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Public Services

Part of Debate on the Address – in the House of Commons at 2:55 pm on 16th October 2019.

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Photo of Layla Moran Layla Moran Liberal Democrat Spokesperson (Education), Liberal Democrat Spokesperson (Digital, Culture, Media and Sport) 2:55 pm, 16th October 2019

It is a pleasure to follow Anne Milton, who I know shares my passion for public services.

We are doing this in the context of a potential general election, and we have to address the elephant in the room: what will happen if we go ahead with a no-deal Brexit, or indeed any Brexit at all. The Institute for Fiscal Studies has said that if we go off the cliff edge of no deal, we will be looking at this country’s borrowing rising to a 50-year high. The finances of this country will pale into insignificance compared with even the worst of the financial crash. There is only one way to ensure that we properly fund our public services, and that is to stop Brexit altogether, which is what the Liberal Democrats want to do. We want to do that because we care deeply about our NHS and our schools and about the day-to-day things that make a real difference to people and that save their lives. Unless we stop Brexit, we will not have the money to pay for all that, but I am sure that we all agree across the House that what we want to do is fully fund our public services.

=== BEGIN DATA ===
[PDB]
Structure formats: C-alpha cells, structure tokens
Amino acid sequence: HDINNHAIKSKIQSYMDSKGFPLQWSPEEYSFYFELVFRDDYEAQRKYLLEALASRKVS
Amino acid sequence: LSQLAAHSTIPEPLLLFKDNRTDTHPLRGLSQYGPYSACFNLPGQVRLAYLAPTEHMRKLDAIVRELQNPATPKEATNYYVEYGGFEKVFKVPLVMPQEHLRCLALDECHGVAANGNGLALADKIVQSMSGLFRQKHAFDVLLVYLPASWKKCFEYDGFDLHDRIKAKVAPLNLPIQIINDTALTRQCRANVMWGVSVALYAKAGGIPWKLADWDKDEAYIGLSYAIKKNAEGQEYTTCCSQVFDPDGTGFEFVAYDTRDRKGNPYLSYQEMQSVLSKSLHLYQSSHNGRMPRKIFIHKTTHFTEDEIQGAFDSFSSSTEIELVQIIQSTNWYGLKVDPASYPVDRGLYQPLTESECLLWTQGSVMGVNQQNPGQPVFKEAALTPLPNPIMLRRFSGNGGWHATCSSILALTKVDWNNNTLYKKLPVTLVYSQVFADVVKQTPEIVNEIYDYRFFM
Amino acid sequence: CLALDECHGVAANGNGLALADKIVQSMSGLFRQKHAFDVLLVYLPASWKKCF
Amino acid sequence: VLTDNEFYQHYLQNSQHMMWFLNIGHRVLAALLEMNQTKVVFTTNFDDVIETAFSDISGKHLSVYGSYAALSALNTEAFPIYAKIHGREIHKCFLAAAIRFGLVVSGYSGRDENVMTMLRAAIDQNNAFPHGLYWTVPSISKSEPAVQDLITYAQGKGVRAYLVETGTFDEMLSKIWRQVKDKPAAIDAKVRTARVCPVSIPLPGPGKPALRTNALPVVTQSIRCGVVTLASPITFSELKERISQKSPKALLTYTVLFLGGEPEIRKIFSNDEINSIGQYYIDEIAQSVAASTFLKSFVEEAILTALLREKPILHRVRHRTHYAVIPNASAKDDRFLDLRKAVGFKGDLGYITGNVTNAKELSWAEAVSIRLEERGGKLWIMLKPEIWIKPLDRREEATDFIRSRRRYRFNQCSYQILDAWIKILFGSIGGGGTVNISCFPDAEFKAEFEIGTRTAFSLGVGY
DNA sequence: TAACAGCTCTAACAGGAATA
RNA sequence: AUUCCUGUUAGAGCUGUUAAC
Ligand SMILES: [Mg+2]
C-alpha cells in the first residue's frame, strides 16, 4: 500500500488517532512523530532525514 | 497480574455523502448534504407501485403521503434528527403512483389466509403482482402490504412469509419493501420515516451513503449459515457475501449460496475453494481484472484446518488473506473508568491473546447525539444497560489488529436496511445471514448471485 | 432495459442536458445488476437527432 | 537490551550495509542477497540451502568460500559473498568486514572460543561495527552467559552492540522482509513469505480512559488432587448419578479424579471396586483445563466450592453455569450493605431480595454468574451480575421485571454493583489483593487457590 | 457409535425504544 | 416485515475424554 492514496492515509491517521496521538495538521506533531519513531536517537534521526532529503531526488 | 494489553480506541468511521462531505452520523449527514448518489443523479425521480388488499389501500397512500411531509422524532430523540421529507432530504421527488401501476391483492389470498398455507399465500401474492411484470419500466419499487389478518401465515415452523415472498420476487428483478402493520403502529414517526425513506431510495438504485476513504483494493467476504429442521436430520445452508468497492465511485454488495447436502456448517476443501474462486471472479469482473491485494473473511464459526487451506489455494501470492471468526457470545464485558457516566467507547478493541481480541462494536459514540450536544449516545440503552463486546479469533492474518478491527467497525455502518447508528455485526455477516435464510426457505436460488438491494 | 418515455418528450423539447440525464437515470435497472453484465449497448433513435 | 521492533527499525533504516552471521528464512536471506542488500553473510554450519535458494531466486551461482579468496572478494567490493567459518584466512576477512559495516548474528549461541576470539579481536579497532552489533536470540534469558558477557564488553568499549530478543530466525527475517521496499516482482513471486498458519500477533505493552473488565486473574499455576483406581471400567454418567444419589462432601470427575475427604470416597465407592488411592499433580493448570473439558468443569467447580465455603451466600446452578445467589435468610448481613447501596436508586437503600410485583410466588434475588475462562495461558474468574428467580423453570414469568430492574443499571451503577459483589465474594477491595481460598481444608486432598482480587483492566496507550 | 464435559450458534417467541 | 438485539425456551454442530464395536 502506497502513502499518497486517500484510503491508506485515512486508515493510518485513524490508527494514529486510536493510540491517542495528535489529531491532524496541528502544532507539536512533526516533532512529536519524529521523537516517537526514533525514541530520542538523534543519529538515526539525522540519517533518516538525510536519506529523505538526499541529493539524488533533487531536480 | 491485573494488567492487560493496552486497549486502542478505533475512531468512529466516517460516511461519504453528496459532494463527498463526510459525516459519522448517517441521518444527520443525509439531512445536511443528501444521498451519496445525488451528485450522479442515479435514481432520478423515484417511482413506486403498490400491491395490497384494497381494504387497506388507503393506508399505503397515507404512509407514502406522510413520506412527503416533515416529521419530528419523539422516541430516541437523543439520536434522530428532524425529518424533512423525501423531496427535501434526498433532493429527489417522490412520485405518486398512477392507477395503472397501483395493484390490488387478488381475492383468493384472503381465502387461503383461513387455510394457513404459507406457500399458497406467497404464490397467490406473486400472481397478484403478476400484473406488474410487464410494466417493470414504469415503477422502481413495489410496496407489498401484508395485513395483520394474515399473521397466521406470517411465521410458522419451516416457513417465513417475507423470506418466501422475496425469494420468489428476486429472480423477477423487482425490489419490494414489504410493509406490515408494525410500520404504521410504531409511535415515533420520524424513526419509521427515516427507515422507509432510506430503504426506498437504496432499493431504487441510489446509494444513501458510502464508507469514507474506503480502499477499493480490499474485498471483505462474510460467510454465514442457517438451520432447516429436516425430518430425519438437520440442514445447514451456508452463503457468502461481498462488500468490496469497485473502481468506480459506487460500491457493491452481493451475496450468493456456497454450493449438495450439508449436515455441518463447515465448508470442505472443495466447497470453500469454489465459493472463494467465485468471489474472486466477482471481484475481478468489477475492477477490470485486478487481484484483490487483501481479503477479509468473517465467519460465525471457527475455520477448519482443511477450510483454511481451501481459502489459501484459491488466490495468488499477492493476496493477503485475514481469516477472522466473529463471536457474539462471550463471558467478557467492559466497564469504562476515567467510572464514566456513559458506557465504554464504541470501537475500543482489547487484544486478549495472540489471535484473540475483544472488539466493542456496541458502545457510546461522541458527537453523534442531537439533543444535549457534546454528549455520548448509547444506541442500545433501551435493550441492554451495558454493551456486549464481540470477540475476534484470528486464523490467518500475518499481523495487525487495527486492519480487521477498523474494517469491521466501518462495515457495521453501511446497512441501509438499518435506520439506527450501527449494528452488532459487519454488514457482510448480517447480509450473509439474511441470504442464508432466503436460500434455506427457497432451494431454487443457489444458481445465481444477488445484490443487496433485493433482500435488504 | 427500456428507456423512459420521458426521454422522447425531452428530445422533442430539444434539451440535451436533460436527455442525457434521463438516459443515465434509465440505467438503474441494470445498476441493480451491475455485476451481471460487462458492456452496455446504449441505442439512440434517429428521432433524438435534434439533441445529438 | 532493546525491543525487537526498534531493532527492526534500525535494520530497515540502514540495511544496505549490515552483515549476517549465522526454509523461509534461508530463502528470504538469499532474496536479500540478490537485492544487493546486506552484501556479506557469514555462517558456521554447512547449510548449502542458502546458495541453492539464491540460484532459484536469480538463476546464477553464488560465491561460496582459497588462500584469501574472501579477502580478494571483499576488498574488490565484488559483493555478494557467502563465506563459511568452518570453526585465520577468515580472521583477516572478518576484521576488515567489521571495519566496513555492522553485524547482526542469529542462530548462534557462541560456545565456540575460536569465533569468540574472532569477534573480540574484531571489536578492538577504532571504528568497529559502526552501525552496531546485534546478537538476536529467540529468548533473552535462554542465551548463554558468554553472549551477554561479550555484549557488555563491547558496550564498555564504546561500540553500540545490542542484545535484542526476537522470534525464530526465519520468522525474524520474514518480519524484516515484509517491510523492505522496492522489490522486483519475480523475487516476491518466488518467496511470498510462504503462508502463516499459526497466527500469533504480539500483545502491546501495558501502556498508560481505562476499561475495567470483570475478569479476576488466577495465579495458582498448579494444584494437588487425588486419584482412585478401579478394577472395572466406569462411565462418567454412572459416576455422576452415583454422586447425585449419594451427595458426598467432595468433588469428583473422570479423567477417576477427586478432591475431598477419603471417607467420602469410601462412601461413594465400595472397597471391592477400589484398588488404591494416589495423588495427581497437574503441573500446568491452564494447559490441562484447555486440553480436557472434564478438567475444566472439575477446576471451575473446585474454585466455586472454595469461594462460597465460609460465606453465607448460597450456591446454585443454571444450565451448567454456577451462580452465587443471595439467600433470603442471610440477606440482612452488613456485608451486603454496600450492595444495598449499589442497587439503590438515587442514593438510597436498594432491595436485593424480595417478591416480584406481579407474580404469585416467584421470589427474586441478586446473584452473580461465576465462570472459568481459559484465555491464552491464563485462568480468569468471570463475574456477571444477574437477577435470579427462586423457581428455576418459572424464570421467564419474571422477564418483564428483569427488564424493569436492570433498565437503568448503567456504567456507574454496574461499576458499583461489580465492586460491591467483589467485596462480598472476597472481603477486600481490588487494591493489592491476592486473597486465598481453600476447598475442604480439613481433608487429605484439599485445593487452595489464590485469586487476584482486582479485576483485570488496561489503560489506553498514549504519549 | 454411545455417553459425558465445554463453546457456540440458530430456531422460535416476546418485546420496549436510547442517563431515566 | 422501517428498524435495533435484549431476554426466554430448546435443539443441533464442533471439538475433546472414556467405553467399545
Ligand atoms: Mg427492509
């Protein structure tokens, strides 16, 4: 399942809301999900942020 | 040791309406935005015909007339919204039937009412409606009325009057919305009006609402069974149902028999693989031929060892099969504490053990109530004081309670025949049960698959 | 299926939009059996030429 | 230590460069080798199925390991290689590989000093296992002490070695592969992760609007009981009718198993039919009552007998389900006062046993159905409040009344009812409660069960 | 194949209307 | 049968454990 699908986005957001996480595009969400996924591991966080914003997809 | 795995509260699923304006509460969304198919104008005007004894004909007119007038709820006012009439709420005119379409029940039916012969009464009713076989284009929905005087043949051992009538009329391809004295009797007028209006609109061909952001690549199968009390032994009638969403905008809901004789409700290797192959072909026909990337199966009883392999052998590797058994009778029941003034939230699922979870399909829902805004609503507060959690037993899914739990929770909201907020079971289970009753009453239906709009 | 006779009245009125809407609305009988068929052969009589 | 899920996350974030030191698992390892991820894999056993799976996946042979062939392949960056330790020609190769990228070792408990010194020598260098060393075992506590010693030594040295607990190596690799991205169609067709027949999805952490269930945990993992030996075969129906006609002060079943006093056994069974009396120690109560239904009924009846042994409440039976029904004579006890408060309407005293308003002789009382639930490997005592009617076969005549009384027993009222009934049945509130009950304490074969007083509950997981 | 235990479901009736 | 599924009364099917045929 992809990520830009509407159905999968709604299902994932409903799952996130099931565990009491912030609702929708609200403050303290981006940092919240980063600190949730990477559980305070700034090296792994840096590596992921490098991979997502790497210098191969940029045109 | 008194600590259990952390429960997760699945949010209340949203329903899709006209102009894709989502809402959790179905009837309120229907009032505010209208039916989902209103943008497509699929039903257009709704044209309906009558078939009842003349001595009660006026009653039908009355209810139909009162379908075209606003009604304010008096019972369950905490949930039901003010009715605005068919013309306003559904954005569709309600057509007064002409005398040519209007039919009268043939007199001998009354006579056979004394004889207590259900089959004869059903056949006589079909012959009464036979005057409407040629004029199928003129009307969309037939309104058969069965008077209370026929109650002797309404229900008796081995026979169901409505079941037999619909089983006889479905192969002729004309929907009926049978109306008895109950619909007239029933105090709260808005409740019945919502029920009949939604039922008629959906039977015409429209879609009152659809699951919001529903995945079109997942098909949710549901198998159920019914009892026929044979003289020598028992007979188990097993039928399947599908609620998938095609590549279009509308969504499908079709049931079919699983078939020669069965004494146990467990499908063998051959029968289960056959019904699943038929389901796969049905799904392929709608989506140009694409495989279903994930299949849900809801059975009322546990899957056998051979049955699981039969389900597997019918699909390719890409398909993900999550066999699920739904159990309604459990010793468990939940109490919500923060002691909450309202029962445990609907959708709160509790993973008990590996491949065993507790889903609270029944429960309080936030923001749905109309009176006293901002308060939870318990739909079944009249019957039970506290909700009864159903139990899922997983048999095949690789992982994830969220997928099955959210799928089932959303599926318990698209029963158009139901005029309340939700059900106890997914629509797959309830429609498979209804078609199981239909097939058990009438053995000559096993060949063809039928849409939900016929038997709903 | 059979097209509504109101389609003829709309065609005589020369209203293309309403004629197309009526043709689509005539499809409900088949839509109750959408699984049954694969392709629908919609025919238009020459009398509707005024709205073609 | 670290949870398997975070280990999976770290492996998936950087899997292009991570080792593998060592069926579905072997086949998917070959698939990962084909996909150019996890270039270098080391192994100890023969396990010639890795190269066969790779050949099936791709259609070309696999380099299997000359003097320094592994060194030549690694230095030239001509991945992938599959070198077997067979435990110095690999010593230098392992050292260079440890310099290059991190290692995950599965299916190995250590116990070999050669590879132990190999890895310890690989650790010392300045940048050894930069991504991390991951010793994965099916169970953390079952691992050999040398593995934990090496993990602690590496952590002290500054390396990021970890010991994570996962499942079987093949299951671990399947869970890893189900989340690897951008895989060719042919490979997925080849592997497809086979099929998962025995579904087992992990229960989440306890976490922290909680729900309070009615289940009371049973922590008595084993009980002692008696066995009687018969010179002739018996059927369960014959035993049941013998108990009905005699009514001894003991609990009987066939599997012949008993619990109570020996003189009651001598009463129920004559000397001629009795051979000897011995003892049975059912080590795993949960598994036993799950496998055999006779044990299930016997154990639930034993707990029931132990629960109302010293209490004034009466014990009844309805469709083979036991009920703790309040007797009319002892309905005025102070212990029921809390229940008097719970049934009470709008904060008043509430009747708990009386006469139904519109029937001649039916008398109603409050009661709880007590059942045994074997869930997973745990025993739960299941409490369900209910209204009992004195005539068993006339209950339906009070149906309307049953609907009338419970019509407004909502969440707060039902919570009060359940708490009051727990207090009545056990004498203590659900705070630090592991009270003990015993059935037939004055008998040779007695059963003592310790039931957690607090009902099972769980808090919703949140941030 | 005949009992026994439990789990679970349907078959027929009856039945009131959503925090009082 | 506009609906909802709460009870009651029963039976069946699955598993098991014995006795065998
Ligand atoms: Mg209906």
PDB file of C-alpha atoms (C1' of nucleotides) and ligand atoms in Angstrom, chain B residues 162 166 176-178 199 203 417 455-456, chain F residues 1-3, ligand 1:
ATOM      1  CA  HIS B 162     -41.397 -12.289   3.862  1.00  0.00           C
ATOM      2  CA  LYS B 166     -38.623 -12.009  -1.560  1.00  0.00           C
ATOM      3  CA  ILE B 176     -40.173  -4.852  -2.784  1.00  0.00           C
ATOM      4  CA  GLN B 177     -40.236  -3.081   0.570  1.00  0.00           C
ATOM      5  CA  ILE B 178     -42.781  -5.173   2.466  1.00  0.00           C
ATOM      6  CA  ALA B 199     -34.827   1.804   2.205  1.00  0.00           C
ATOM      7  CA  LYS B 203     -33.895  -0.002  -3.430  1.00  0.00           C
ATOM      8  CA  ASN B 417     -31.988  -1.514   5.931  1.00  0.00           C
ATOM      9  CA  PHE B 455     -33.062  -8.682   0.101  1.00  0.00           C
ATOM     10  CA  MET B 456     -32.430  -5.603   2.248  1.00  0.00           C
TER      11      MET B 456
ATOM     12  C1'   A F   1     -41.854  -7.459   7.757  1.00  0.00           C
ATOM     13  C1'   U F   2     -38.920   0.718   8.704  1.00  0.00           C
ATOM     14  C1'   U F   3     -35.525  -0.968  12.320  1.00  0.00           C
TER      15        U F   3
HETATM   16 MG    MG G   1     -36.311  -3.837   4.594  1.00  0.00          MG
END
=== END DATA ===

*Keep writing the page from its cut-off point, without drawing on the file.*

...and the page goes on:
We have a short amount of time today, and it will perhaps be unsurprising that I shall focus my remarks specifically on schools. As ever on such occasions, I have looked at the text of the Queen’s Speech. I looked and looked for a mention of schools, but I found only one “motherhood and apple pie” statement about them. Just one, at a time when our schools are going through an incredible funding crisis. I like to judge people by their words, but given that there were so few, let us instead judge this Government by their actions.

Even this year, even now, with all the funding announcements that this Government have made, schools are under enormous financial pressure. They include my own, where I am a governor, and all the others in the surrounding areas. I had an email from Liz from Botley, who is the mother of a child at a local school. She said of the headteacher:

“They have now asked parents to contribute a recommended donation of £10 per month per child. What a disgraceful state of affairs that the education of our young people is just left for parents who can afford it to pick up the bill. This is obviously totally unfair, and if allowed to continue, this will lead to a disastrous two-tier system where parents that can afford the top-up will be ‘buying’
into better-funded schools. No one cares as deeply as the parents that the education is the very best it can be, so we are unfairly pressured into filling the hole left by central government.”